Sue Johnson

Hall of Portraits from The History of Machines

Installation view, Open Studio @ I-Park Foundation

Left: Visible Woman, Right: Bride

Unique acrylic painting over printed reproduction on canvas, imprinted patterns from Bounty and Brawny paper towels

109.25″ x 72″ each



Artist Statement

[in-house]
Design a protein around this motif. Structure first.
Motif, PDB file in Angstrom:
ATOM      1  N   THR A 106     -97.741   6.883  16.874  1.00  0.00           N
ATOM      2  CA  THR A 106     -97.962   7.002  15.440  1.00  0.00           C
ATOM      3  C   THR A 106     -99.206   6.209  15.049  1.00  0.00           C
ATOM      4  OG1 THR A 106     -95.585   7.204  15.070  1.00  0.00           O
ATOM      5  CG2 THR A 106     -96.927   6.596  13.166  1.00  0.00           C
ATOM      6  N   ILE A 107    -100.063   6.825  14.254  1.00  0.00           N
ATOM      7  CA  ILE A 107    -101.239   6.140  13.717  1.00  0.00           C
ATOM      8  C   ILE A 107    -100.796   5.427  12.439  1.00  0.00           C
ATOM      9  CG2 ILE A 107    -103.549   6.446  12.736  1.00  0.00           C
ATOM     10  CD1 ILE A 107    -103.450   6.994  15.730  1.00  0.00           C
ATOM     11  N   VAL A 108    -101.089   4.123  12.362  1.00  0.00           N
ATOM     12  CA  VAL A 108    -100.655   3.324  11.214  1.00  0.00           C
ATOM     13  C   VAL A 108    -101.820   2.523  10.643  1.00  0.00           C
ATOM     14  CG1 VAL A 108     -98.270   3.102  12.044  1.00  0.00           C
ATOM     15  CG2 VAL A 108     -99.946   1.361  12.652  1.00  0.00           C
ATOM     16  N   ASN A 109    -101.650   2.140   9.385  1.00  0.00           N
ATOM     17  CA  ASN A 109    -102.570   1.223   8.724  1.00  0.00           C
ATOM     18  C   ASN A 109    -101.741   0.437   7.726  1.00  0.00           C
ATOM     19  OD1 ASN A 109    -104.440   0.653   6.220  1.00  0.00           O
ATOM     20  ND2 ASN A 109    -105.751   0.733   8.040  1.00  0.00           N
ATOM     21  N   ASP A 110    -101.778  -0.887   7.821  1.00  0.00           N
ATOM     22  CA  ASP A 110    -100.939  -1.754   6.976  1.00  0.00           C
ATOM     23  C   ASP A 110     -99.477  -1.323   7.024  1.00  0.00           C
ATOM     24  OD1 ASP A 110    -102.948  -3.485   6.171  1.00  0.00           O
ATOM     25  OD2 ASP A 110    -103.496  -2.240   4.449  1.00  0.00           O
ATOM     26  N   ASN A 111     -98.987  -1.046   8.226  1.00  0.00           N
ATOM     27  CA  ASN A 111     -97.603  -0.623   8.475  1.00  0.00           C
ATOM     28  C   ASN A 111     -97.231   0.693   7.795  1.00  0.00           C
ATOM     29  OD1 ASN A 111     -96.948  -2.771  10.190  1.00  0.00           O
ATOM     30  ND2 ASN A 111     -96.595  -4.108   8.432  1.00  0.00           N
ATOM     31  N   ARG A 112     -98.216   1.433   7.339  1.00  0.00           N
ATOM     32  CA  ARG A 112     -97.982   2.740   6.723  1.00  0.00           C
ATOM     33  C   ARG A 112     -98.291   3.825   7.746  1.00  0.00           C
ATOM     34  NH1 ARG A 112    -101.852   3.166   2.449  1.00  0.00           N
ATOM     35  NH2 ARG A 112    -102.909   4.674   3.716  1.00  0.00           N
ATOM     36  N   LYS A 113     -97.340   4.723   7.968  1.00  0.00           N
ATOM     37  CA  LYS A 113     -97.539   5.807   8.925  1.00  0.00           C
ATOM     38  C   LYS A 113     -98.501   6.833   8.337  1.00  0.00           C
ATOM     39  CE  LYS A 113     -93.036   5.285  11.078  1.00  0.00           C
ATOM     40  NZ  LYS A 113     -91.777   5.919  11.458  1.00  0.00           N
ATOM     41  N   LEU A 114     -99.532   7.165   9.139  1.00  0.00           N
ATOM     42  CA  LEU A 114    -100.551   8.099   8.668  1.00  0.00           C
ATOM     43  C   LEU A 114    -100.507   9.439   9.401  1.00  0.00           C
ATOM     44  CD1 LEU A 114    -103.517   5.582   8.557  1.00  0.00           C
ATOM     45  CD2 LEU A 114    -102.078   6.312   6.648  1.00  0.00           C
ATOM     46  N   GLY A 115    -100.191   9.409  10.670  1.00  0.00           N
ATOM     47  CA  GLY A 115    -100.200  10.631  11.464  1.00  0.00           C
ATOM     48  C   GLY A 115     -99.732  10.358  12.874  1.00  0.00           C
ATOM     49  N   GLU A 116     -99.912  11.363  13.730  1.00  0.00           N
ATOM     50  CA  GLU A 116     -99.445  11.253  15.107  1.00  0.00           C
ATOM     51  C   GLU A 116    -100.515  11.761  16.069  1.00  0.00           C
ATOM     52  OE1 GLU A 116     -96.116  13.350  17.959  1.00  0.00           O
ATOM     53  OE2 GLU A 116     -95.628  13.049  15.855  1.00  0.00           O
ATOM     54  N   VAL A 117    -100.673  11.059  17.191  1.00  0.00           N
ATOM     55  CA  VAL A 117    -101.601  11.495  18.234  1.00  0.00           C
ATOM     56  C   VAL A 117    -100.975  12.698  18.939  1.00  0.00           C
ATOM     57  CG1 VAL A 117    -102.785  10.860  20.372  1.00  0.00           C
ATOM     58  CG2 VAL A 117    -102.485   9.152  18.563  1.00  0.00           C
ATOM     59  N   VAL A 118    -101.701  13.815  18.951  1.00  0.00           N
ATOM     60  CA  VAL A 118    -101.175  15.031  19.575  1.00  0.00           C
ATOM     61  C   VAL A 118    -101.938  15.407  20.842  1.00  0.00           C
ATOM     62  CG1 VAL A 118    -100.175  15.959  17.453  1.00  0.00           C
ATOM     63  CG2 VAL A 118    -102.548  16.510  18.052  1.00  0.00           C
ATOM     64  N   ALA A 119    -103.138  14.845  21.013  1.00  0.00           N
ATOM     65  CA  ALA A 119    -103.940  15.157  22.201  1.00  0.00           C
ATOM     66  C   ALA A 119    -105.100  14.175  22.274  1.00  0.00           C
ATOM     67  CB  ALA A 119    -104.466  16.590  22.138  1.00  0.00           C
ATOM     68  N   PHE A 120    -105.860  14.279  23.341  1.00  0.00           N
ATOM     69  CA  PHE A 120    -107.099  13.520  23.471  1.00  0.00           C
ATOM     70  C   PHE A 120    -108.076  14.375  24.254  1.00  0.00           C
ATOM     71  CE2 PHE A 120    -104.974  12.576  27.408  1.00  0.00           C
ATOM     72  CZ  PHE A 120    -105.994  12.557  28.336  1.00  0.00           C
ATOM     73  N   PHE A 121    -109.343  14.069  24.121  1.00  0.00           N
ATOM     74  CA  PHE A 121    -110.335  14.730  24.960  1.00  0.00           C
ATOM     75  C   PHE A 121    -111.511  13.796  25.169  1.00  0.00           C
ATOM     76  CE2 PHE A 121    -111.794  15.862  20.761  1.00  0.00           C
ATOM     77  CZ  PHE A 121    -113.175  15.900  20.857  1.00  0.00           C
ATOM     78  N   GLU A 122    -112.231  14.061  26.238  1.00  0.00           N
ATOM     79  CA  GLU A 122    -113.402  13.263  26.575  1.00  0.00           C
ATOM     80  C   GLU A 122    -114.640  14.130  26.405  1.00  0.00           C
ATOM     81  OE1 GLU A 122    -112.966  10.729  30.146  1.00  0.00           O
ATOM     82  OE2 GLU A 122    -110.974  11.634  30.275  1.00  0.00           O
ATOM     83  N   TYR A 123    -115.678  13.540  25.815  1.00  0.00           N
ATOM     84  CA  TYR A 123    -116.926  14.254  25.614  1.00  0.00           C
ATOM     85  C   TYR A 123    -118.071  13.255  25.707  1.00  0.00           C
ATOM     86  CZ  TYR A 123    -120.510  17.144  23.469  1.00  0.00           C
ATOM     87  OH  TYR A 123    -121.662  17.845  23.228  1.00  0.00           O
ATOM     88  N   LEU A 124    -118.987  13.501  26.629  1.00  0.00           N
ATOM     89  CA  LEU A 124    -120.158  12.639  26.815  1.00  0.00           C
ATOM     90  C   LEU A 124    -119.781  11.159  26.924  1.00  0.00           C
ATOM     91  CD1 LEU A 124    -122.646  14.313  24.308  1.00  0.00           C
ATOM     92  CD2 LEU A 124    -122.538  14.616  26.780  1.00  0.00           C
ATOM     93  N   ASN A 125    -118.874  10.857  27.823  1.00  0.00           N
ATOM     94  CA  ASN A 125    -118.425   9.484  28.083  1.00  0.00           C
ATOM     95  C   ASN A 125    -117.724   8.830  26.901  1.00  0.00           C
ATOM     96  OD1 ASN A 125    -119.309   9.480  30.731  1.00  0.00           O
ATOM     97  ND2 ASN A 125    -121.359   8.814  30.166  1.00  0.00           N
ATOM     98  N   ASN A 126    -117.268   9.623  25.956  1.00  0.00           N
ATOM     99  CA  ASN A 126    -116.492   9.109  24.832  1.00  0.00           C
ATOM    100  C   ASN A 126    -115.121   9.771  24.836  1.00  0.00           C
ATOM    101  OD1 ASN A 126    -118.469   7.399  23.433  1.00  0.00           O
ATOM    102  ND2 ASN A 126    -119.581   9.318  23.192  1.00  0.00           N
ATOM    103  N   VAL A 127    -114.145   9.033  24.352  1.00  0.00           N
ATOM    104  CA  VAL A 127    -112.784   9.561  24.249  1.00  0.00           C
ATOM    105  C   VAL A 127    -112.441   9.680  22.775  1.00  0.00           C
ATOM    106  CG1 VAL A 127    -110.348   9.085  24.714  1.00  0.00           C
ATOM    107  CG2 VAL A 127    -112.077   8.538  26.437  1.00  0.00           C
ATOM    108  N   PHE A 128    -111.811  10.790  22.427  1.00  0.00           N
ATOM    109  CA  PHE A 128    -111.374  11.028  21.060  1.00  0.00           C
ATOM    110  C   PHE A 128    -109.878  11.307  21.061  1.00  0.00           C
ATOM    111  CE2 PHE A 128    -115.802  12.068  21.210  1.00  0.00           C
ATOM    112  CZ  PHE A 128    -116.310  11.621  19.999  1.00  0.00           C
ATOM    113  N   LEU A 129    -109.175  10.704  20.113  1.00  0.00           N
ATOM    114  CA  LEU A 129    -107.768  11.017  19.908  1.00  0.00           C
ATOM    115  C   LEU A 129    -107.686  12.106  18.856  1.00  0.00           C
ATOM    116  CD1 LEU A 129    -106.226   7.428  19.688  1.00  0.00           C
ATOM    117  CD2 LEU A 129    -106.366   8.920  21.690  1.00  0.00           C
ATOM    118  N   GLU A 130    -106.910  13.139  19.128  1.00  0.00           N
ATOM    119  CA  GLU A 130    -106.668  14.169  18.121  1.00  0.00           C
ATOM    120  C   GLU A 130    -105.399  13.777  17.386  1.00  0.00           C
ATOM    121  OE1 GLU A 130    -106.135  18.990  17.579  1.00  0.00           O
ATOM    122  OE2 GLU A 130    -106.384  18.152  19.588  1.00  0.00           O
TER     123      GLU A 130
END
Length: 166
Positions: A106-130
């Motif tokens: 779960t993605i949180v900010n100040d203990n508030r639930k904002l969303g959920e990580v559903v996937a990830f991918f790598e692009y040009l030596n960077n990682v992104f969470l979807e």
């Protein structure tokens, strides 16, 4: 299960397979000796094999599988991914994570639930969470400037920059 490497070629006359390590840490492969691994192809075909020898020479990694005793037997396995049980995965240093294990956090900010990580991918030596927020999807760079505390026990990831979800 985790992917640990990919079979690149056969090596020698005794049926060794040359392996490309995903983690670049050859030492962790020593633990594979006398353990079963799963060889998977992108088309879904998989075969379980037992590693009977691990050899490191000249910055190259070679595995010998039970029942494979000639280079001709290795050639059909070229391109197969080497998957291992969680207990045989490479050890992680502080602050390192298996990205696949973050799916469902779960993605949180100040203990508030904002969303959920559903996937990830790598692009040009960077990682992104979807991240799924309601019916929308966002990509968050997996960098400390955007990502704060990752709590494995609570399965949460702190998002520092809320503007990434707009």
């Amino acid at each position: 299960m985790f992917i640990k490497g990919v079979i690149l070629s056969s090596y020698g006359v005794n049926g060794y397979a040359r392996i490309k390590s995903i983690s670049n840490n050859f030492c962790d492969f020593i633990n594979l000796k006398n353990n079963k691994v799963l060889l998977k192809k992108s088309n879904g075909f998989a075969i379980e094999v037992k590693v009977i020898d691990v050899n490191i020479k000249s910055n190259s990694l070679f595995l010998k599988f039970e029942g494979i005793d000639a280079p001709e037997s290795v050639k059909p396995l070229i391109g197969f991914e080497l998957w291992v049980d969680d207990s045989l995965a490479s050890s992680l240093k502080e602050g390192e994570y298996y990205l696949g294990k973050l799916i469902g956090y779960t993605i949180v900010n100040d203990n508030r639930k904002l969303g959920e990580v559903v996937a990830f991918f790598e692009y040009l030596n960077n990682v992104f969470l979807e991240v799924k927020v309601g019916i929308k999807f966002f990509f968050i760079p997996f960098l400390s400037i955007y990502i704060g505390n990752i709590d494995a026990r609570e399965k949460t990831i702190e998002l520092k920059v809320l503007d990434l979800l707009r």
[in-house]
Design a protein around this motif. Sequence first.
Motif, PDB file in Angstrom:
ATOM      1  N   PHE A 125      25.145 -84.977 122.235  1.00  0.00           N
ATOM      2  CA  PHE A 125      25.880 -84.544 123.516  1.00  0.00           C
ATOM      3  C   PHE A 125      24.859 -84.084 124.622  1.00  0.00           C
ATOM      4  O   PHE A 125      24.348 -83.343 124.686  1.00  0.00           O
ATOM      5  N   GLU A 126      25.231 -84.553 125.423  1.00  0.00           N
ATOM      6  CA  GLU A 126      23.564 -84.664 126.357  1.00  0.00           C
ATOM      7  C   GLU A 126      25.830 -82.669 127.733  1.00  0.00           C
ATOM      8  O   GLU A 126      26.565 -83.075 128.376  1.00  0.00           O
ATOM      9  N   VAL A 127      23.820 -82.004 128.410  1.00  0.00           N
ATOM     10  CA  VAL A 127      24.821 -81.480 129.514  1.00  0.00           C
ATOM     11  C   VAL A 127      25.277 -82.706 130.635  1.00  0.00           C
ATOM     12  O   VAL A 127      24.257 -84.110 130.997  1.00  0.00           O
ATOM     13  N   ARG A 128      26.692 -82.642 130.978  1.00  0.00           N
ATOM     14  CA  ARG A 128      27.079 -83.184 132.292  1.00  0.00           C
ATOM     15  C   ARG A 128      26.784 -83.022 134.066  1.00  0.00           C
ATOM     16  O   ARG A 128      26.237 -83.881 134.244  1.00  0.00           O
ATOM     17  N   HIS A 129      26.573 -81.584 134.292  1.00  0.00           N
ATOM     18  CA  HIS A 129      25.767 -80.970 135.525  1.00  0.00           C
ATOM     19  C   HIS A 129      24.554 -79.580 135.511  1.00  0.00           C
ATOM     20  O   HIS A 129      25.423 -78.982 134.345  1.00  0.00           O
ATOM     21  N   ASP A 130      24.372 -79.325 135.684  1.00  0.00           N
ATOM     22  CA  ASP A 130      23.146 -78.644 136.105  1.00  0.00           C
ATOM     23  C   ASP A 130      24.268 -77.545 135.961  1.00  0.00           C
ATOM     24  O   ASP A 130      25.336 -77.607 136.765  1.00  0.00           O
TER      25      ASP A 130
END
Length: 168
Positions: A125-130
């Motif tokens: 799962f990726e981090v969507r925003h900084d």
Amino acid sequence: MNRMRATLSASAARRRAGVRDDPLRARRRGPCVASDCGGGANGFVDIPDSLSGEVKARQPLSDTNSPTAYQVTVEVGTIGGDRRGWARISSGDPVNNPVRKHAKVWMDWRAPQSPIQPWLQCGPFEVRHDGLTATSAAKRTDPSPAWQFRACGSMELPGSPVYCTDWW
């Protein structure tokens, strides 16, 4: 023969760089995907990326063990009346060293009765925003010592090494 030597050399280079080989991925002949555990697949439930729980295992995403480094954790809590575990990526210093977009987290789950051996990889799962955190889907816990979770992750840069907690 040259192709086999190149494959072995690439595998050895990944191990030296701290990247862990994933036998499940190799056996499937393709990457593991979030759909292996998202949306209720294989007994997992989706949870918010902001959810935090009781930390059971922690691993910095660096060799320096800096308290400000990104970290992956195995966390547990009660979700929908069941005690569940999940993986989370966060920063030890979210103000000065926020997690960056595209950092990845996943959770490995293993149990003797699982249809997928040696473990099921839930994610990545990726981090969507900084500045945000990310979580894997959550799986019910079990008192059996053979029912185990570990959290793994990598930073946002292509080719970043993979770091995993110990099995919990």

Hall of Portraits from The History of Machines proposes an alternate pictorial history in which two objects of desire become one — the household convenience object and the emergent female form. The project looks back to the mid-20th century and identifies this era as a cornerstone in the construction of the modern woman, who begins at this time to be idealized as sharing attributes with labor-saving appliances and gadgets. Domestic convenience objects merge with the body, or vice-versa, from vacuum cleaners to coffee pots and telephones with extra-long cords. Based on authentic sources from mid-century advertising and the artist’s photography of objects in her collection, the resulting women seem familiar yet simultaneously we know that they are actually a highly fictional, patriarchal fantasy. To emphasize this artificiality, each is surrounded by a color-field created by dragging and scraping household devices through the paint. Accompanying the portraits are facsimile prints that document the exact found object sources used to create the ‘mechanical brides’ for the project. Commercially printed by a billboard sign company, each panel assembles the original sources used by the artist, represented at their original scale. For example, to create the Bride, materials include an advertisement for a Regina floor scrubber and polishing machine, an edited image of a wedding gown used to advertise new automobile models appearing in Ladies Home Journal circa 1948, and a hairstyle design performed on the head of a red-headed model. All unique and hand-painted, the works have been created on three different scales; first a large-scale work, then medium and miniature versions were made. At their original large scale, each portrait measures 109.25 inches tall, which is the exact height of Marcel Duchamp’s The Bride Stripped Bare by Her Bachelors, Even (often called The Large Glass). In making this reference, I seek to invite a deeper look at the taxonomy of the representation of women. 

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